Confidence in the Public Prosecution Service has hit a 10-year high, new figures have shown.
The new research into public confidence in the organisation, which is responsible for taking criminal prosecutions in Northern Ireland, found that 76% of the public were either 'very confident' or 'fairly confident' it is providing a fair and impartial prosecution service.
The last time the organisation saw public approval this high was in 2006, when 78% of the public expressed confidence in the organisation.
Over the past decade it has dipped as low as 69% in 2009, 67% in 2011, and 68% in 2013.
The figures were published as part of the Northern Ireland Omnibus Survey on Thursday, an annual piece of research carried out by a branch of the Northern Ireland Statistics and Research Agency.
Questions included in the survey about PPS are commissioned by the prosecution service and used to develop policy and assess the effectiveness of its communication.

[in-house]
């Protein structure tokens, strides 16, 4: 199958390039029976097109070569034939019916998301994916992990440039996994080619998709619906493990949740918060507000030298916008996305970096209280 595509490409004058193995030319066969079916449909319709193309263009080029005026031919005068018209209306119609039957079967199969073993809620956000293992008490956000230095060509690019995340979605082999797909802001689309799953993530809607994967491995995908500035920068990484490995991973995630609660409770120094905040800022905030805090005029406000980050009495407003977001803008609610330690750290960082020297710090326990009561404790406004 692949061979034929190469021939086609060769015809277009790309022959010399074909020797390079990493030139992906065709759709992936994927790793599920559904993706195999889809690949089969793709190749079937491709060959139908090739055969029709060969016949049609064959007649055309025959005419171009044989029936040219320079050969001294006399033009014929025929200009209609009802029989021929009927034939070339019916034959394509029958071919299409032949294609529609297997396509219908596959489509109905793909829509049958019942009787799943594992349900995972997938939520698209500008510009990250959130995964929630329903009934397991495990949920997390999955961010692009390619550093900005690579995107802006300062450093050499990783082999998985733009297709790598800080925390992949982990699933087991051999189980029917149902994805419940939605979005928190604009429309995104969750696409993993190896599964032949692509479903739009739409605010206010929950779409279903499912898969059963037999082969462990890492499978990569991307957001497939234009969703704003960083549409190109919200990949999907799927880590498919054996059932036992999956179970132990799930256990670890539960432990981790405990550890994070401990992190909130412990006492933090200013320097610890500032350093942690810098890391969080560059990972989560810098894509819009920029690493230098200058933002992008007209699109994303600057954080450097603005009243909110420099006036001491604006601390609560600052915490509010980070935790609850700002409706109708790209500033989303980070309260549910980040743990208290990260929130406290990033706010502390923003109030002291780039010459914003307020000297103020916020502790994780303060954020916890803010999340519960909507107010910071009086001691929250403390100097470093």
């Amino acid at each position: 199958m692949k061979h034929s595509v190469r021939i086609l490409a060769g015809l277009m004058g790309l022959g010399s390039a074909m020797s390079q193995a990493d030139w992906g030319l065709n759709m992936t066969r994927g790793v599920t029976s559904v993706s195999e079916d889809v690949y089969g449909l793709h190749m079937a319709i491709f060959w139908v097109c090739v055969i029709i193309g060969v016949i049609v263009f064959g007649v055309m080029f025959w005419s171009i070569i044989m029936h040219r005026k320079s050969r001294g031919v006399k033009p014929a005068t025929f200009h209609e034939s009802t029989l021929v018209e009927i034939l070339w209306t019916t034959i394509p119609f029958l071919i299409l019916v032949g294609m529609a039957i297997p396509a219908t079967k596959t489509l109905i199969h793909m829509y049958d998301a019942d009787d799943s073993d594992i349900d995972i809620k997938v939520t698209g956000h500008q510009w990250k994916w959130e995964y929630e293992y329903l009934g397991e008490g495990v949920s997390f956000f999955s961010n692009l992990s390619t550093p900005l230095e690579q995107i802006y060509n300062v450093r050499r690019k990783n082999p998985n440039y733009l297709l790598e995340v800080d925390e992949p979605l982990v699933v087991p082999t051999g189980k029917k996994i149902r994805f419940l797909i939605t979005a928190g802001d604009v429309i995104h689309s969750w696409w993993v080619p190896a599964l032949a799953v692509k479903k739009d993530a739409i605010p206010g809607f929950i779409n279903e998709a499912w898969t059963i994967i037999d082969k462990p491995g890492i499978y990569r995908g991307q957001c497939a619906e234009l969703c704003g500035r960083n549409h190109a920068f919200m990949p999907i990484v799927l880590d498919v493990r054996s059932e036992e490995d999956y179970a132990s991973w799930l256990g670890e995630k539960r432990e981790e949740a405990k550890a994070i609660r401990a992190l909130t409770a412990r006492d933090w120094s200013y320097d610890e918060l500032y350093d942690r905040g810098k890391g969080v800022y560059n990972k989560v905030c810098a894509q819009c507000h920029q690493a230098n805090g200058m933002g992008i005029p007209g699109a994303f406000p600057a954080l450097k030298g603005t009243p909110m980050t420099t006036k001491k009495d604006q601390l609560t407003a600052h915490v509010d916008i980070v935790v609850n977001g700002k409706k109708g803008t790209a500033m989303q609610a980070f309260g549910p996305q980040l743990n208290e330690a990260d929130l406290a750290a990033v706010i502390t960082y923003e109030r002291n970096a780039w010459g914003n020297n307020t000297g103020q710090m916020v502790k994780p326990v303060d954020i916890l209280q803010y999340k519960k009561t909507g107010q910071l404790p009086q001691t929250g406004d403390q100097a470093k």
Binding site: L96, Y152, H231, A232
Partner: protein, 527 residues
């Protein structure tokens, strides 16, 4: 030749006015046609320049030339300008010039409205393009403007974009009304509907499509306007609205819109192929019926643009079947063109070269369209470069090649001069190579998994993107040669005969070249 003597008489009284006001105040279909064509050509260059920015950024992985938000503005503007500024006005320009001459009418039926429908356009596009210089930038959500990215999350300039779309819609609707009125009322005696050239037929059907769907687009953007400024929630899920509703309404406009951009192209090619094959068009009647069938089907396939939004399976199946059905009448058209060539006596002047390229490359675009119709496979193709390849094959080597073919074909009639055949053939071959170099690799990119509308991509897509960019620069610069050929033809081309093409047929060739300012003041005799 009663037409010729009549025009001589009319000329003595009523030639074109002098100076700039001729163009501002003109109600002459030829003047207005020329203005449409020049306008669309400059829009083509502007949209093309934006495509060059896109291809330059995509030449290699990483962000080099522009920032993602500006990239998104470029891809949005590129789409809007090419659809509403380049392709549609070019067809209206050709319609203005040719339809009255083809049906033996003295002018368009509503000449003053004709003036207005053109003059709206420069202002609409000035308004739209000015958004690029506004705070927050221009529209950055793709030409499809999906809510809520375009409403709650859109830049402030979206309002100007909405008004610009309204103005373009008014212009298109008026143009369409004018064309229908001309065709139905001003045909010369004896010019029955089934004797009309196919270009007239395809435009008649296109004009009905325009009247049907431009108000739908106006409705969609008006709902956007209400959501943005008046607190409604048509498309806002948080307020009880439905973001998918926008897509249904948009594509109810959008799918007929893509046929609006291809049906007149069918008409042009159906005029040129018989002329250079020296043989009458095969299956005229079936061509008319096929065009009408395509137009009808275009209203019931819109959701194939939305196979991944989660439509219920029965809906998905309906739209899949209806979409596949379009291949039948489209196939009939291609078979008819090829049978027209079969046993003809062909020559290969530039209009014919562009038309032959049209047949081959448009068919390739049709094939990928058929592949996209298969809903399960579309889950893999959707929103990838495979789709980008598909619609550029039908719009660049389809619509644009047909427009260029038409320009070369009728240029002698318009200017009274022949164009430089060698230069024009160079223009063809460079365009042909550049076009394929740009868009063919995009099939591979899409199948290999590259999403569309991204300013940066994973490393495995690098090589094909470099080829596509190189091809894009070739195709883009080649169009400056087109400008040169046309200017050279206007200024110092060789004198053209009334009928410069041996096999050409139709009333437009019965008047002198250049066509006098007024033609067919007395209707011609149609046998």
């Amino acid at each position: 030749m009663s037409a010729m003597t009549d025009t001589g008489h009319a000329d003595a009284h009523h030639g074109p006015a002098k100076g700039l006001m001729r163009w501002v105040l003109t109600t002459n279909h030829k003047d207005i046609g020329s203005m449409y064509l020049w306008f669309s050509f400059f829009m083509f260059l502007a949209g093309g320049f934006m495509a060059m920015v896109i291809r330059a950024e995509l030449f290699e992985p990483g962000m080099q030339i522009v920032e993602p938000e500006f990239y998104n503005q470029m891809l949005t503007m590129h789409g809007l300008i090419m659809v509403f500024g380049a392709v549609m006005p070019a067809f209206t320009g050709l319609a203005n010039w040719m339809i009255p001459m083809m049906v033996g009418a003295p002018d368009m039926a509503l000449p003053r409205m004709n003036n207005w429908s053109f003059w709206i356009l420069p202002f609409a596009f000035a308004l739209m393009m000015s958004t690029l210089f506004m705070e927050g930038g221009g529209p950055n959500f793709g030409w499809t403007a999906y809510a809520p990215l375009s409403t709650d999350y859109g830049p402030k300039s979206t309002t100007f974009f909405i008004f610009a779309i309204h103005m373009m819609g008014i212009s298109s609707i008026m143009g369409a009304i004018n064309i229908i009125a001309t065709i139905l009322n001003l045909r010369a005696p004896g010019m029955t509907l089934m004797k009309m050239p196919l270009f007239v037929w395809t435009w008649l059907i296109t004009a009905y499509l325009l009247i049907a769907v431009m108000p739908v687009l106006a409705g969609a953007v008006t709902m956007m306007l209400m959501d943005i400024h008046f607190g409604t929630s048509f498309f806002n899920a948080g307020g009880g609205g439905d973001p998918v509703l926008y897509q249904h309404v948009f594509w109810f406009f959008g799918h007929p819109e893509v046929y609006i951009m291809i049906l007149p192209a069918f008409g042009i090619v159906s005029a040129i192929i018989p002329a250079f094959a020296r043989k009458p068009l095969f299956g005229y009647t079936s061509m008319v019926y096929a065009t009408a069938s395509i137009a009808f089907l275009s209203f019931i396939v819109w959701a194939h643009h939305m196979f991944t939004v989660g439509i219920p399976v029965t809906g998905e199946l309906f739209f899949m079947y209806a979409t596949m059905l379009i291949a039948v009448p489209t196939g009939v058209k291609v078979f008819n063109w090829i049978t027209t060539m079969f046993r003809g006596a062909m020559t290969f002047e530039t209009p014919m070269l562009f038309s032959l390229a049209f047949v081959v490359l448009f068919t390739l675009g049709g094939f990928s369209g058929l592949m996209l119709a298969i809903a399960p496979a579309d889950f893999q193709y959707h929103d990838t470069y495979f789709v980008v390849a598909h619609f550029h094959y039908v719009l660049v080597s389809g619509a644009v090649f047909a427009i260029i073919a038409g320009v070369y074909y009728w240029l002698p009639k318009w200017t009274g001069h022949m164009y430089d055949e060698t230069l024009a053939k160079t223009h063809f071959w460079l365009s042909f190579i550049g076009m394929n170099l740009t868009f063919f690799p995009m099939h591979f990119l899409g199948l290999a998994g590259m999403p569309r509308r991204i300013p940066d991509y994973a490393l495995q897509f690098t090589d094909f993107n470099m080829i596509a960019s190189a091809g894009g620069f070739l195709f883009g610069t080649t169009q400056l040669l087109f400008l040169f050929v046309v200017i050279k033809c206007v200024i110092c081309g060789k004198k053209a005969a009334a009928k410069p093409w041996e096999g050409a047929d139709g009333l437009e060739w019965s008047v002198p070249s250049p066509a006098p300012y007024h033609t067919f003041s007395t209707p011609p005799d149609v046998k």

Over the past year the director of the PPS Barra McGrory has come under fire for alleged impartiality.
Speaking under parliamentary privilege in December 2016, then Conservative MP Sir Henry Bellingham said that historical inquiries into the legacy of the Troubles focused disproportionately on soldiers and members of the security services.
Responding to the criticism, the PPS said that it prosecutes legacy cases "without fear, favour or prejudice, in strict accordance with the Code for Prosecutors".
Writing in the Newsletter in May, DUP MP Sir Jeffrey Donaldson questioned the impartiality of the PPS in connection with the prosecution of ex-soldier Dennis Hutchings.
In May, Mr McGrory confirmed that he would resign later this year, with a replacement expected to be named in the autumn.
At his appointment in 2011, Mr McGrory was the first Catholic to be appointed as the head of the PPS.